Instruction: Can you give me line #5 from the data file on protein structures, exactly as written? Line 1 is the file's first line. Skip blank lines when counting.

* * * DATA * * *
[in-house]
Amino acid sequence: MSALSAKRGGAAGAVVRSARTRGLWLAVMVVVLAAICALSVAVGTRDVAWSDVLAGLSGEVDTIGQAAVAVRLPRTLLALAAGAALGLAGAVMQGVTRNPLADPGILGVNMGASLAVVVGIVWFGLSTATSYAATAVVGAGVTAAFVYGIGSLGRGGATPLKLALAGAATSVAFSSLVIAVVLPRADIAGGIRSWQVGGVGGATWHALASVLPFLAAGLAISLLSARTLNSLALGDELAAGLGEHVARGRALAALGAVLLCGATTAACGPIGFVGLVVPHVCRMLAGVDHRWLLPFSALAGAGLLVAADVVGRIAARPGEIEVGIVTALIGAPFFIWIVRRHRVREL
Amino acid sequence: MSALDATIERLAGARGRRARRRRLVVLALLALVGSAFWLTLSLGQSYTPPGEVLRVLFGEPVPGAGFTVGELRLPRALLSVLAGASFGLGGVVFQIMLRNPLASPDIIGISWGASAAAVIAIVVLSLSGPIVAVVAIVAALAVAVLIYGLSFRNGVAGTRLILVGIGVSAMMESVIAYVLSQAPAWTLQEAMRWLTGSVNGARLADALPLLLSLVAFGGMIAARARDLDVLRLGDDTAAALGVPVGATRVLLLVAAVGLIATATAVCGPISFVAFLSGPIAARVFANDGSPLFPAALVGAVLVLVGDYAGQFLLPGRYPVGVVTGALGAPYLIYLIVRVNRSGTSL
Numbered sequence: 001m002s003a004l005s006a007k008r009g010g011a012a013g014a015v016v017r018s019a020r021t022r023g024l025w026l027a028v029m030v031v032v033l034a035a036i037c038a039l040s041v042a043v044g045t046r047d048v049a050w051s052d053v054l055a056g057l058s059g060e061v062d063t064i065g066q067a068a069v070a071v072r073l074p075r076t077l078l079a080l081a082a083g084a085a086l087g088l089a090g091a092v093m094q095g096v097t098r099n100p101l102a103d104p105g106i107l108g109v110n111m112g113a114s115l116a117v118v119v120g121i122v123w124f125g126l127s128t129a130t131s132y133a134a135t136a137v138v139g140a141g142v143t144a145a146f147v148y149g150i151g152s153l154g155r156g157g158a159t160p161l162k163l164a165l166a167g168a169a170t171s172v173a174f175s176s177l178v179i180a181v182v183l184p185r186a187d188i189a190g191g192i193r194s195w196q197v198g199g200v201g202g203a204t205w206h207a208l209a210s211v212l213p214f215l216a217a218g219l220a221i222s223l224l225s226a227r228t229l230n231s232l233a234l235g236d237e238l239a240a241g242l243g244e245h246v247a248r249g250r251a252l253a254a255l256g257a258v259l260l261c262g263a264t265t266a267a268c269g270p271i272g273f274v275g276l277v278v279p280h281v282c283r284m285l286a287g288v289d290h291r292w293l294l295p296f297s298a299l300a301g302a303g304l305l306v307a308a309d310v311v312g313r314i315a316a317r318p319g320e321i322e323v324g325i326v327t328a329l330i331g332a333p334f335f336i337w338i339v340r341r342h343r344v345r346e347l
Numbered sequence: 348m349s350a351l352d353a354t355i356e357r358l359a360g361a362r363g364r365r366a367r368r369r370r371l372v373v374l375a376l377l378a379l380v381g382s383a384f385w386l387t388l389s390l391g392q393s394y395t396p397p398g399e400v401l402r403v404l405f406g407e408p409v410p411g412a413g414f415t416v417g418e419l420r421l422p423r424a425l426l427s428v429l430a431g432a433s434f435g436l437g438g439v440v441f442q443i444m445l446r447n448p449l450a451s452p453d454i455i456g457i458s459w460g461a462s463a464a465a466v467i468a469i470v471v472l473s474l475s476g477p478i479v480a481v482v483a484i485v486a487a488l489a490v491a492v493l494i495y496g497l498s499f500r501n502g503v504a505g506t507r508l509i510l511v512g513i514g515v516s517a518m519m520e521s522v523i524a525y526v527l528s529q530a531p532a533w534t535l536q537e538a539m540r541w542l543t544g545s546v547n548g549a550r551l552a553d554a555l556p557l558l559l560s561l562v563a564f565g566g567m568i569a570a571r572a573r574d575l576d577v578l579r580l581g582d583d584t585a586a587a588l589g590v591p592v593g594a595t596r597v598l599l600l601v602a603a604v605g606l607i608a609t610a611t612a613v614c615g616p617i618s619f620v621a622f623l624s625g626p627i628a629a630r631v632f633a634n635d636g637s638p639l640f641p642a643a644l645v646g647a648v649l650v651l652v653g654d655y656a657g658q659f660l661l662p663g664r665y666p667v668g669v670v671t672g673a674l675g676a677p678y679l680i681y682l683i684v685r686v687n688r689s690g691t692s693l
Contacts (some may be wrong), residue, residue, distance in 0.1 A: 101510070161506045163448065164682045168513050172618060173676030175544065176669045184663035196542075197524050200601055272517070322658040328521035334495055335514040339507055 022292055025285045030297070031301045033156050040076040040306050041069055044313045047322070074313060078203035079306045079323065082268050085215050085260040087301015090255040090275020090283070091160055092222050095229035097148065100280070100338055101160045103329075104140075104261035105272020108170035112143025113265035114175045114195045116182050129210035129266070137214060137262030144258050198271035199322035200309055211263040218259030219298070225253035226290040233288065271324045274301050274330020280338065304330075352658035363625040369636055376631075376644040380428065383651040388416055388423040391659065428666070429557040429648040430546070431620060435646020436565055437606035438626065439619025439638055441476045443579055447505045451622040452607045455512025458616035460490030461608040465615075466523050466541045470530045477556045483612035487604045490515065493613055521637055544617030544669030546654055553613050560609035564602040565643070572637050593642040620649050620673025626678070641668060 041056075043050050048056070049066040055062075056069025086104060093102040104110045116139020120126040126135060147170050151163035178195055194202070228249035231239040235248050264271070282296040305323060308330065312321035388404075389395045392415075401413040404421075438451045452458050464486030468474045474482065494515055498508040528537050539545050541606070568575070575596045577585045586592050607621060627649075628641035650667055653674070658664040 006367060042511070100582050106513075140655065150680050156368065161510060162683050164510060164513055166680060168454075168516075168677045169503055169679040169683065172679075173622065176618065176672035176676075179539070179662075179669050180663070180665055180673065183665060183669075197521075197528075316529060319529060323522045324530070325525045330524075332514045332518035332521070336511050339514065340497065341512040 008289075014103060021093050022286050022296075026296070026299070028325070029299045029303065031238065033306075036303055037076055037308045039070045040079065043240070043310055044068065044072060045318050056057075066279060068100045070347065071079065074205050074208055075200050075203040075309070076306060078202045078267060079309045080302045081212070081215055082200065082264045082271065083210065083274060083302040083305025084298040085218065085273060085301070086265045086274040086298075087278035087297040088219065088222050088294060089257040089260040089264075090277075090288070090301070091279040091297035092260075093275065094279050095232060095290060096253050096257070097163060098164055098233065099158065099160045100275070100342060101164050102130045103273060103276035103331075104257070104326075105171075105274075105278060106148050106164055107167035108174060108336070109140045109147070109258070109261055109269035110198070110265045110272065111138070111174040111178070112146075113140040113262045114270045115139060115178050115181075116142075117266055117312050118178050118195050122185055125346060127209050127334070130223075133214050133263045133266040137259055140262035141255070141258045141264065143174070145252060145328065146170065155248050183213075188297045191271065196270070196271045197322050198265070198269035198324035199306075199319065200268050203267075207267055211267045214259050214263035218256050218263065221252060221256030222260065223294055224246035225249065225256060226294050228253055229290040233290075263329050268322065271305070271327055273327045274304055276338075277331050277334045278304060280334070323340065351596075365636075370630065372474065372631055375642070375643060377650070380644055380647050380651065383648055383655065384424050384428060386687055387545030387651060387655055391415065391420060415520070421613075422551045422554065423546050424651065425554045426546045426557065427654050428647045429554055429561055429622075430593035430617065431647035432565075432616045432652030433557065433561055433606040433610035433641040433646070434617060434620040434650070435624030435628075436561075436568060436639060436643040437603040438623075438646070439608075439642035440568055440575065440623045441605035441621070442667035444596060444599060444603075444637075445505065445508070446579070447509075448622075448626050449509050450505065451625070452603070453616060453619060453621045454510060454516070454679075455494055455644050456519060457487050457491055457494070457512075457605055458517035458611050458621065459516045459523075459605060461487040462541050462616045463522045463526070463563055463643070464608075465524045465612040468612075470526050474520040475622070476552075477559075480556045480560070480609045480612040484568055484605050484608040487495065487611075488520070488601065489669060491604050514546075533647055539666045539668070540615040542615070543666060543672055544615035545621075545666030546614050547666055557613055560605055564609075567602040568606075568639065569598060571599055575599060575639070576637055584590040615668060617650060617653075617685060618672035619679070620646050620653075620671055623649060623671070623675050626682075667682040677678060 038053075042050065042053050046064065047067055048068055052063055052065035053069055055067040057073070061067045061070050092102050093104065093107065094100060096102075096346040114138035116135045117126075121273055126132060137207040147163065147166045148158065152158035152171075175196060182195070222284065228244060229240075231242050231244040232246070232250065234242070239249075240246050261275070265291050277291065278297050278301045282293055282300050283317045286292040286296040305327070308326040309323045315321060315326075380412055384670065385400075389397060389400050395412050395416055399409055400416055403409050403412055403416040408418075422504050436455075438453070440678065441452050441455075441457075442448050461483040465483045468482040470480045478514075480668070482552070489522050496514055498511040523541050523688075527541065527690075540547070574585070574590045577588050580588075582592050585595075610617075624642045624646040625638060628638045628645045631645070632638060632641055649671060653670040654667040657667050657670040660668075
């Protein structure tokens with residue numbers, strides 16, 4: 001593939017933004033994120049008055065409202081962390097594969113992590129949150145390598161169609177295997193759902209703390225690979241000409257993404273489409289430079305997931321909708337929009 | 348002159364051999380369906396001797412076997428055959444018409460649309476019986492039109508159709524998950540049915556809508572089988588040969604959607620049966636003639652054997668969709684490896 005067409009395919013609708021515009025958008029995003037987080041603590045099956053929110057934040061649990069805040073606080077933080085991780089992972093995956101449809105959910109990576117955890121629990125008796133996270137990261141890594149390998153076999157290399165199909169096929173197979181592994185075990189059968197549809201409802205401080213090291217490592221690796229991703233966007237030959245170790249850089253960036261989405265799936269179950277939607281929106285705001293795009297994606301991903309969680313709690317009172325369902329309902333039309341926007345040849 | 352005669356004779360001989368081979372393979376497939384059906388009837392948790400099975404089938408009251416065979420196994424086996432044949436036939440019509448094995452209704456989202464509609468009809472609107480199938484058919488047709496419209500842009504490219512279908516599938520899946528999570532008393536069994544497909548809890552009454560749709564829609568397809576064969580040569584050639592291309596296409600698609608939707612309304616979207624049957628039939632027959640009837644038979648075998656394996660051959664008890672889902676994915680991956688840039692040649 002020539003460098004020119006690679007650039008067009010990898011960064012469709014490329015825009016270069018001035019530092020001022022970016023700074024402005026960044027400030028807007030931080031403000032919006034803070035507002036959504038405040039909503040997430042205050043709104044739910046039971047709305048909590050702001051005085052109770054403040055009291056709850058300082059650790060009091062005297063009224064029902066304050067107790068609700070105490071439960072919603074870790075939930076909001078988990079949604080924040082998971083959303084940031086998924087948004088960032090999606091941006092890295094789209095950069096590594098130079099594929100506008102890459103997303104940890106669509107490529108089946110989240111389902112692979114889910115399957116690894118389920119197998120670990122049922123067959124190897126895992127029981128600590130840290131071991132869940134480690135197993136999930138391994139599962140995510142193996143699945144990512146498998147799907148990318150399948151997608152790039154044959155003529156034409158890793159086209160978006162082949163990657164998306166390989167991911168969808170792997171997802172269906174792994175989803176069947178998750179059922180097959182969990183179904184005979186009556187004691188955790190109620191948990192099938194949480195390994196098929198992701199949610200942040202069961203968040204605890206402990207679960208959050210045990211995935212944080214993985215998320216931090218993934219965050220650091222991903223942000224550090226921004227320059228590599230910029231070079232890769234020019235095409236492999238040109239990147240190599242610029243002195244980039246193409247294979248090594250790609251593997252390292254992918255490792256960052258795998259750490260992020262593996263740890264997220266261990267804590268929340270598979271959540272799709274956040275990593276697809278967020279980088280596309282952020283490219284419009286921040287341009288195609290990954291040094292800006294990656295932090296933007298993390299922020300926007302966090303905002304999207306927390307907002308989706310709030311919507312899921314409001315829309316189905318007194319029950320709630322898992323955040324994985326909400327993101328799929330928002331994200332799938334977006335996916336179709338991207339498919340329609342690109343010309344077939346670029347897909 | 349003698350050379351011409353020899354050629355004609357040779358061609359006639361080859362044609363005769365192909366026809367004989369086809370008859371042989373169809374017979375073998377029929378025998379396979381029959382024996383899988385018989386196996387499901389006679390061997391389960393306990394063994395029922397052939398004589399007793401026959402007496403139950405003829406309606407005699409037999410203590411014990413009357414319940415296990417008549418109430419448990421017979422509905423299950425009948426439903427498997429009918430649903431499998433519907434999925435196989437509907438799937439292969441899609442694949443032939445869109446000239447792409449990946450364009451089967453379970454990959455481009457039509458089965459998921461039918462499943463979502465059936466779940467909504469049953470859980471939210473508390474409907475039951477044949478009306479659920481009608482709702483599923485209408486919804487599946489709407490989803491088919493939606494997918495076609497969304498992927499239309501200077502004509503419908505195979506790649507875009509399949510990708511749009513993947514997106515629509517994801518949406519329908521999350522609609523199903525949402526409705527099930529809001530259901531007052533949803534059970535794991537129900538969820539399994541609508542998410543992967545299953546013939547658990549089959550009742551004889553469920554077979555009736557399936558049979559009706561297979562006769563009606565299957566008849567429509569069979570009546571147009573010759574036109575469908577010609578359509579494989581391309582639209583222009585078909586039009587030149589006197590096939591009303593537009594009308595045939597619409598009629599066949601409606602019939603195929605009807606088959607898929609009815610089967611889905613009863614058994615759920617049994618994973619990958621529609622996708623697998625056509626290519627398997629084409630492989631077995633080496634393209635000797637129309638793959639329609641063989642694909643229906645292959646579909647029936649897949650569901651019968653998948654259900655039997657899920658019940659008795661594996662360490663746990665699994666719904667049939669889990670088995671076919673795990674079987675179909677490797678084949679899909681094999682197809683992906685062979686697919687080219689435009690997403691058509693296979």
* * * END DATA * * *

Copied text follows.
Numbered sequence: 348m349s350a351l352d353a354t355i356e357r358l359a360g361a362r363g364r365r366a367r368r369r370r371l372v373v374l375a376l377l378a379l380v381g382s383a384f385w386l387t388l389s390l391g392q393s394y395t396p397p398g399e400v401l402r403v404l405f406g407e408p409v410p411g412a413g414f415t416v417g418e419l420r421l422p423r424a425l426l427s428v429l430a431g432a433s434f435g436l437g438g439v440v441f442q443i444m445l446r447n448p449l450a451s452p453d454i455i456g457i458s459w460g461a462s463a464a465a466v467i468a469i470v471v472l473s474l475s476g477p478i479v480a481v482v483a484i485v486a487a488l489a490v491a492v493l494i495y496g497l498s499f500r501n502g503v504a505g506t507r508l509i510l511v512g513i514g515v516s517a518m519m520e521s522v523i524a525y526v527l528s529q530a531p532a533w534t535l536q537e538a539m540r541w542l543t544g545s546v547n548g549a550r551l552a553d554a555l556p557l558l559l560s561l562v563a564f565g566g567m568i569a570a571r572a573r574d575l576d577v578l579r580l581g582d583d584t585a586a587a588l589g590v591p592v593g594a595t596r597v598l599l600l601v602a603a604v605g606l607i608a609t610a611t612a613v614c615g616p617i618s619f620v621a622f623l624s625g626p627i628a629a630r631v632f633a634n635d636g637s638p639l640f641p642a643a644l645v646g647a648v649l650v651l652v653g654d655y656a657g658q659f660l661l662p663g664r665y666p667v668g669v670v671t672g673a674l675g676a677p678y679l680i681y682l683i684v685r686v687n688r689s690g691t692s693l